does the BBC or ITV broadcast pro-logic / does NTL analogue cable broadcast pro-logic
    Any channel you receive that broadcasts in stereo can present Dolby Surround if the program was made in it. Most movies are made in Dolby Surround or similar systems, and many broadcasters also produce some of their own programming in Dolby Surround. Dolby Surround does not however work in mono broadcasts.

    what about videos and pro-logic
    Stereo VCRs can record and reproduce Dolby Surround programs, but mono VCRs can't. Movies on prerecorded tape are usually in Dolby Surround.

    most dvds seem to have 5.1 sound do they also carry pro-loigic
    Yes, the Dolby Digital system used to store sound on DVD was designed so that 5.1 content can be reduced to regular 2-channel stereo, including Dolby Surround.
     
  7. kevin19470

    kevin19470
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    Hi Zacabeb,

    Thank you for taking the TIME and the TROUBLE to be so precise, I for one have certainly learnt something; I hope this also applies to others.

    Kev
     
  8. red16v

    red16v
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    Hi, I too found Zacabeb's post most interesting and useful - well worth taking the time involved - thank you Z. Regards, yt.
     
  9. Cynthia 7

    Cynthia 7
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    Hi Zacabeb,

    I'm grateful to Saddo for posting his query as I would otherwise not have seen your brilliant clarification of Pro Logic. I only have vague knowledge of this until now although I have a Pro Logic television in the bedroom. Dolby Digital I understand as I have this in the sitting room and read about it.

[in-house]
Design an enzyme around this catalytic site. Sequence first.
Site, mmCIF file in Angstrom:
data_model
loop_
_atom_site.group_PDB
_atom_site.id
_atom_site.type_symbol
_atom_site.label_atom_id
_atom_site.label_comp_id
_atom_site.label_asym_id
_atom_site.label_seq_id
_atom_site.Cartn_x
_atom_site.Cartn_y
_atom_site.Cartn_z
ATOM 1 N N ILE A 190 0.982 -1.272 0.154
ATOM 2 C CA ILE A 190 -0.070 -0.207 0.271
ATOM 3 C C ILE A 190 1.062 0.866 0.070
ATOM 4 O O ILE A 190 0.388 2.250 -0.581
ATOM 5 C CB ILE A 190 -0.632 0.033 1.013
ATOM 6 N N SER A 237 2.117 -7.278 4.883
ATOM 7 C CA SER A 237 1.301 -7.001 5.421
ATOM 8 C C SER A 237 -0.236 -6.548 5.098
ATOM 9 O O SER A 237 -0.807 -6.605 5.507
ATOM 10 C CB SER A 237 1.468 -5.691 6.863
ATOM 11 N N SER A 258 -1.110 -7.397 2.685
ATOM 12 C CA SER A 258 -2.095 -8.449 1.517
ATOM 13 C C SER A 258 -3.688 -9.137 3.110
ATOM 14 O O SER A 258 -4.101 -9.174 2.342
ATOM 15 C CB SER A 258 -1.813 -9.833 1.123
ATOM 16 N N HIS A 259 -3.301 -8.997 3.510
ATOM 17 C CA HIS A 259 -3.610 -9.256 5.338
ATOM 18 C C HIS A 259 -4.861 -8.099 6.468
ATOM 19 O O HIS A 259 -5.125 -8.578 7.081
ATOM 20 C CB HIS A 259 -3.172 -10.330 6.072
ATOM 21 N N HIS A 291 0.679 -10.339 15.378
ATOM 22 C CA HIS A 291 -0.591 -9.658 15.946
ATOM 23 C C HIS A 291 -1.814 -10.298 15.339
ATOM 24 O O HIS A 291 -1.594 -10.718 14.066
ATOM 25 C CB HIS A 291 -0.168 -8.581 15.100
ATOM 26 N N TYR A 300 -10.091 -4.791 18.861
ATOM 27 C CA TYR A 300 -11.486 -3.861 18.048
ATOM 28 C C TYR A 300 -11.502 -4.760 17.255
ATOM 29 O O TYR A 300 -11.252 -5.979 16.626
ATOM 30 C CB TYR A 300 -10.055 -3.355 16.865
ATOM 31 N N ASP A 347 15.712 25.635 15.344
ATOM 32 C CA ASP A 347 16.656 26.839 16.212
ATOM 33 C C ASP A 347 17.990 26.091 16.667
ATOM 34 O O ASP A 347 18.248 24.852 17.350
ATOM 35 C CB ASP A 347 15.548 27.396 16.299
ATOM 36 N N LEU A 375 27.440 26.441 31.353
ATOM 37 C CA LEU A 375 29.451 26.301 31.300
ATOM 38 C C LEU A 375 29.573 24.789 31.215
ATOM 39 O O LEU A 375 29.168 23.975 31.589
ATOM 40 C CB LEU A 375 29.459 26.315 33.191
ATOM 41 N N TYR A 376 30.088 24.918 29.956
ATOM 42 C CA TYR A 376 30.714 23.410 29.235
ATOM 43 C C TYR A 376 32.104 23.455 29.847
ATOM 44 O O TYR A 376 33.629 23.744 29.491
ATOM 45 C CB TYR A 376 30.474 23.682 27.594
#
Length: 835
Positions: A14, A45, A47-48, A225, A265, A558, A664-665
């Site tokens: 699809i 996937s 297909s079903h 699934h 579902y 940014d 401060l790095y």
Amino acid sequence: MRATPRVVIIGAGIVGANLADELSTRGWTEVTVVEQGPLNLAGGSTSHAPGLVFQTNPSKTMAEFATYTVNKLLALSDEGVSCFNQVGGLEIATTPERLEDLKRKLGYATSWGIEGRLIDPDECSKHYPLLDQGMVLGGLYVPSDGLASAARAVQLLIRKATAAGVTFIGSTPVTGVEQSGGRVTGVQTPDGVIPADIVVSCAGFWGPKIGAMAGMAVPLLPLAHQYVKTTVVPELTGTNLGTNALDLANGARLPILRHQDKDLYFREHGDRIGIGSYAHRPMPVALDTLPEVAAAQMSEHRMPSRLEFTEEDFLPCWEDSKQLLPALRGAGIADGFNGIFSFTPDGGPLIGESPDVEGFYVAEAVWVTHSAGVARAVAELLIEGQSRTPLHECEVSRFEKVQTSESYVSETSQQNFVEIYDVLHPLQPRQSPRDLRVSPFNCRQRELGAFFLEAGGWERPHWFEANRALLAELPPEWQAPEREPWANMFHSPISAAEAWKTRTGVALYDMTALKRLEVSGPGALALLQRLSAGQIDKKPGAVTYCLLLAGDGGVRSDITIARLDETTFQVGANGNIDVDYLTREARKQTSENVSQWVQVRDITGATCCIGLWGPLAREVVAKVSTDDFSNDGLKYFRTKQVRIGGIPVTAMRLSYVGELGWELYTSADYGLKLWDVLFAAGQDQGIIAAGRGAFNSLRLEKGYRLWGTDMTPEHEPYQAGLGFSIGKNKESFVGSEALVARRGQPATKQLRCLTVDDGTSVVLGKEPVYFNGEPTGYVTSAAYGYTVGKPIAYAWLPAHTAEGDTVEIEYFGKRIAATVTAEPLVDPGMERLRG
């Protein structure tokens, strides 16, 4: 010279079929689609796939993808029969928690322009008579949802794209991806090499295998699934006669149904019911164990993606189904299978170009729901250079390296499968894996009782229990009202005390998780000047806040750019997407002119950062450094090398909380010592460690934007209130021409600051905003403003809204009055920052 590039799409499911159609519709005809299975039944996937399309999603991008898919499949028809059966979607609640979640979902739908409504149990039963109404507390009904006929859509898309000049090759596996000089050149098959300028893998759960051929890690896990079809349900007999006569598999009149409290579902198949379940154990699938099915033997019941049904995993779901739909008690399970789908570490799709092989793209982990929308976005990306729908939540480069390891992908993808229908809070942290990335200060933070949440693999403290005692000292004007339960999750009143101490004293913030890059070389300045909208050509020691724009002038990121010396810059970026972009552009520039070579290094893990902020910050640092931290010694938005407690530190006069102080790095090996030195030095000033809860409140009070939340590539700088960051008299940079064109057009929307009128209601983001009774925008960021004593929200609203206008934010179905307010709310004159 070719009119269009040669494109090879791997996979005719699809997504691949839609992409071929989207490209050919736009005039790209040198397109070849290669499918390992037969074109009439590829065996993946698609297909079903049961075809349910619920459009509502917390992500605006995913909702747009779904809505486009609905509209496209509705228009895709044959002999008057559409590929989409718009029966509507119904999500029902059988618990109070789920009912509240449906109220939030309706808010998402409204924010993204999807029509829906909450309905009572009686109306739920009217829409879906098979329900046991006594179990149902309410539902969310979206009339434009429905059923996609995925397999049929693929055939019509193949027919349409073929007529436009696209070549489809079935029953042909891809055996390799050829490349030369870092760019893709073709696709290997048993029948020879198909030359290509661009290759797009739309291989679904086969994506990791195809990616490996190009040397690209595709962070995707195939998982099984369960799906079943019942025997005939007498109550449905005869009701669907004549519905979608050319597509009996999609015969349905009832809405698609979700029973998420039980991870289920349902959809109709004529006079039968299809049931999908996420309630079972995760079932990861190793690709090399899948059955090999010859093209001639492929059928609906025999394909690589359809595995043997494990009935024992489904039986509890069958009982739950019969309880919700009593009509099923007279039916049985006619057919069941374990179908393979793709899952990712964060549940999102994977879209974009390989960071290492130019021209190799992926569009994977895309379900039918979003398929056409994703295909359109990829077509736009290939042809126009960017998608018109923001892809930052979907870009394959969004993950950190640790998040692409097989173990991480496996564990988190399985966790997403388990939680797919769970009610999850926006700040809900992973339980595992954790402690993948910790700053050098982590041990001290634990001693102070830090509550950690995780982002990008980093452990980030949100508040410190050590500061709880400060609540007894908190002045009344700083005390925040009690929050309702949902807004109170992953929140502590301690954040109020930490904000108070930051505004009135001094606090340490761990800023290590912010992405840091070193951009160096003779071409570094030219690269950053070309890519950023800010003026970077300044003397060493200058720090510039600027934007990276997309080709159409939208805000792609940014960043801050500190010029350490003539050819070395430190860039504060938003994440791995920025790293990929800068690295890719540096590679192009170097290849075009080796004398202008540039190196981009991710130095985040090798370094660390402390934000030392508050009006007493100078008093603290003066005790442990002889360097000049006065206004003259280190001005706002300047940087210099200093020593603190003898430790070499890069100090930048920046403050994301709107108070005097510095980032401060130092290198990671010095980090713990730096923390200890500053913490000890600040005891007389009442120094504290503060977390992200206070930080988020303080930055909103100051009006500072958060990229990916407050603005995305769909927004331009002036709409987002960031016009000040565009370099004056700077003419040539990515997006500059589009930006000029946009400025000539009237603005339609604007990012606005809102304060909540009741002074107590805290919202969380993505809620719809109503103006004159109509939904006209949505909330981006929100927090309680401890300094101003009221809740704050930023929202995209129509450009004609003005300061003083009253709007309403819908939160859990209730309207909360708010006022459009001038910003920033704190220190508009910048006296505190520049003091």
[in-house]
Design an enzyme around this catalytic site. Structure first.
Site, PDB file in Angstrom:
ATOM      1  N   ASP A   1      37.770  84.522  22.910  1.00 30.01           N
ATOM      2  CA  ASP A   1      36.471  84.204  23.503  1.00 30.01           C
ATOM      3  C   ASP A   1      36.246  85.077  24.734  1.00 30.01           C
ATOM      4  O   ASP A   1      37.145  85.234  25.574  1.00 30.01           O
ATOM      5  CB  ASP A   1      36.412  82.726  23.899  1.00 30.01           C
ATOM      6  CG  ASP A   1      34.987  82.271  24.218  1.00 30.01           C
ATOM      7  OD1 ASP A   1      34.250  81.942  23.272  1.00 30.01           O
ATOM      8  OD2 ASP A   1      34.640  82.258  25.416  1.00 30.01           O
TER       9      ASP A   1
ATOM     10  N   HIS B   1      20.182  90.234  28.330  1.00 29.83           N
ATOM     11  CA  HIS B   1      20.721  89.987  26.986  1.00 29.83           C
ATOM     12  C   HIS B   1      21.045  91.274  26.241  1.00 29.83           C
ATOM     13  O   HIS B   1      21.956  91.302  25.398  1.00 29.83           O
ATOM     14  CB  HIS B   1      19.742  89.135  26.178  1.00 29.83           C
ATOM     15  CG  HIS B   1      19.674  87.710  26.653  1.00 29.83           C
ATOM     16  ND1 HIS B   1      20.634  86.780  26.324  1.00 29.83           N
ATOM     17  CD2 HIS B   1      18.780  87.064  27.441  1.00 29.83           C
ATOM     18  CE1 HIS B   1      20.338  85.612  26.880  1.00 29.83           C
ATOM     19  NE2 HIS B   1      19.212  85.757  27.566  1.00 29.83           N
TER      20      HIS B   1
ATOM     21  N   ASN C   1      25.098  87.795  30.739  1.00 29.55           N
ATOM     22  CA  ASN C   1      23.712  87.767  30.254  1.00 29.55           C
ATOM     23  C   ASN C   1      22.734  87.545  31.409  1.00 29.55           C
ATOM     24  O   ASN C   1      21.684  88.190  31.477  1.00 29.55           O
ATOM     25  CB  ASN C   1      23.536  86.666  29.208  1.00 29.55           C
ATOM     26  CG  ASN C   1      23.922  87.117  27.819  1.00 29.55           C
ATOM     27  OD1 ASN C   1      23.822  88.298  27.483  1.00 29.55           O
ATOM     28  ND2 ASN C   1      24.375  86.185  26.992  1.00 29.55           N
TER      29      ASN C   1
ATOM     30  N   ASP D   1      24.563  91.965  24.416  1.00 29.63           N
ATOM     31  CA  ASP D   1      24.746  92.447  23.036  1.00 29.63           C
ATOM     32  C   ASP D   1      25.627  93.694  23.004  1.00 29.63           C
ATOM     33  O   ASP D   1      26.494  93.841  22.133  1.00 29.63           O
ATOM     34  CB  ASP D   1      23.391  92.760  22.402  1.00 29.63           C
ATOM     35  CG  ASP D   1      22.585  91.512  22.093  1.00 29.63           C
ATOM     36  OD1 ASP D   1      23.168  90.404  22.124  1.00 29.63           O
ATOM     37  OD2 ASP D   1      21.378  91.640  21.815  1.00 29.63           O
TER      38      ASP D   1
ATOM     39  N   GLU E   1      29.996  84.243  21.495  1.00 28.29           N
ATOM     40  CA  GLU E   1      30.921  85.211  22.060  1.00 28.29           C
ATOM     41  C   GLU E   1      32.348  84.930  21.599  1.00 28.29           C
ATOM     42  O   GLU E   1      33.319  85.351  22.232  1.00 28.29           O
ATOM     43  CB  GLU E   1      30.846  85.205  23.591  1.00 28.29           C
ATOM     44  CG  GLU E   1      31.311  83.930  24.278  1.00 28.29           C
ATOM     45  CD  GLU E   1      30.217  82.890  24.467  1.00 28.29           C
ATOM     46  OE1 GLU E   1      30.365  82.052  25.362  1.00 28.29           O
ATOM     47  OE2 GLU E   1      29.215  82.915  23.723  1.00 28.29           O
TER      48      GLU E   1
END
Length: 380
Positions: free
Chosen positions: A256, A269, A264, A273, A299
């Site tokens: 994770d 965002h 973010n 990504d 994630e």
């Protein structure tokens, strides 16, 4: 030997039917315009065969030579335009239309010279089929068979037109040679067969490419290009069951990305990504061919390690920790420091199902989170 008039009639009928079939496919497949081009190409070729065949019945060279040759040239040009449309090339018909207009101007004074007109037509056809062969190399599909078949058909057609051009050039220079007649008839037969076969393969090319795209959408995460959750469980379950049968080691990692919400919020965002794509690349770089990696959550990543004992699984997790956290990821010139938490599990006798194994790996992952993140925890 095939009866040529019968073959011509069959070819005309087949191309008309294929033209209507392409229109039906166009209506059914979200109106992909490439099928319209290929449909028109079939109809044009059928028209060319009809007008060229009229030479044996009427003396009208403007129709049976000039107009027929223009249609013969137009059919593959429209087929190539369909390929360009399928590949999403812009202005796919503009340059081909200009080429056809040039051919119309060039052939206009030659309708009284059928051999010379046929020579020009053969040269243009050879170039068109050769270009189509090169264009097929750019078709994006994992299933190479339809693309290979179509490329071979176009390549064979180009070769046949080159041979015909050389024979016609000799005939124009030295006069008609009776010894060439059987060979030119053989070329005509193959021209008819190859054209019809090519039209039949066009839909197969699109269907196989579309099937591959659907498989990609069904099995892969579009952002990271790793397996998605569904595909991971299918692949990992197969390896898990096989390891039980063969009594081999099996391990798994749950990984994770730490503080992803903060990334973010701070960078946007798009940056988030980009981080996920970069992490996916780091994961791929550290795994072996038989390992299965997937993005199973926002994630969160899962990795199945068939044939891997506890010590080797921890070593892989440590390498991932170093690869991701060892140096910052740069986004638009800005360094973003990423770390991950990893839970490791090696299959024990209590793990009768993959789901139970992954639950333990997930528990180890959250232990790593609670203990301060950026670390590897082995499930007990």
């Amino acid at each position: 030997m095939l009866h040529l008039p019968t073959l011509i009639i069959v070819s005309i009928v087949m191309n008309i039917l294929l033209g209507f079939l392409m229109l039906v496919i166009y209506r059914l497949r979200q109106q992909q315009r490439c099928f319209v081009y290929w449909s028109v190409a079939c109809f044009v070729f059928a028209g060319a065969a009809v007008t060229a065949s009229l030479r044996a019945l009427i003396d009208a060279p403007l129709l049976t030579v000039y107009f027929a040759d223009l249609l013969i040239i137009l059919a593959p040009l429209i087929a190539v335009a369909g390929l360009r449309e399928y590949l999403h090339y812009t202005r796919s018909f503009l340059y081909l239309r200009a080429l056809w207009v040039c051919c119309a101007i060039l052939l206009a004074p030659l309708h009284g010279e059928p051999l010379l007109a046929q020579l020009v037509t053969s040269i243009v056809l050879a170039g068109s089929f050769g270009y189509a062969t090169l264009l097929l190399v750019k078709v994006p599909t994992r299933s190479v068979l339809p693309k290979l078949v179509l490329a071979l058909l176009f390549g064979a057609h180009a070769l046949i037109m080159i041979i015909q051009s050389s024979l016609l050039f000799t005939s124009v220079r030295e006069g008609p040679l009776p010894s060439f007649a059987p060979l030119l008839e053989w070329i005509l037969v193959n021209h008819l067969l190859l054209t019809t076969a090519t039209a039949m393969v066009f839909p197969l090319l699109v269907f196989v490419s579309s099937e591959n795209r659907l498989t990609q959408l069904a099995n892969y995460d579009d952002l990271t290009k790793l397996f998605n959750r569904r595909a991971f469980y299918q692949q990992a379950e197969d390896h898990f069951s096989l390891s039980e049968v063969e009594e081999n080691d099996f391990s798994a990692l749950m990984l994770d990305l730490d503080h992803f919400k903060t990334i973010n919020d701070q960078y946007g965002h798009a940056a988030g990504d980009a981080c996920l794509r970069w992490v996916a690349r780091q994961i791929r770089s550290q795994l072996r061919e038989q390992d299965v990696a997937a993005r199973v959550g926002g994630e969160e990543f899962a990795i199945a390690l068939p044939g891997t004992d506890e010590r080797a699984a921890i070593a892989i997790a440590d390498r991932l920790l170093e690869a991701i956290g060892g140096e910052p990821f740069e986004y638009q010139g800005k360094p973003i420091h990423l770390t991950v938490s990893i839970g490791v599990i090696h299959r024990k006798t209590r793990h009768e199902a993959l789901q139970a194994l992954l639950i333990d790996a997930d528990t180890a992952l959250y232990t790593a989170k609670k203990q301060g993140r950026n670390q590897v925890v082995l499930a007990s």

I have copied and pasted this for future reference. Thank you for putting us all in the picture about this sound mode and making your in-depth explanation so interesting.

    Kind regards
     
  10. saddo

    saddo
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    Thanks Zacabeb

    Thanks for your time to explain it to me in laymans terms
    i sort of understood the theory of pro logic. Its was the practcal
    application that was confusing me,
    After youe explanation all is clear
    just one more question
    does anyone know if NTL analogue cable is stereo ?
    my box only has one audio ouput so would it be better to use the aerial socket

    Thanks again
    Mike
     
  11. TopDog

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    Z Thank you for the explanation of prologic, can I assume that Virtual Pro Logic attempts to do the same processing with less expensive hardware? cheers.
     
  12. LV426

    LV426
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    Virtual Pro Logic tries (and usually fails IMO) to do the same thing with less speakers. True DPL uses 5 speakers - 2 rear, 2 front + 1 centre. Virtual DPL tries to produce a rear channel, from behind you (where it belongs) with no rear speakers (and sometimes, no centre).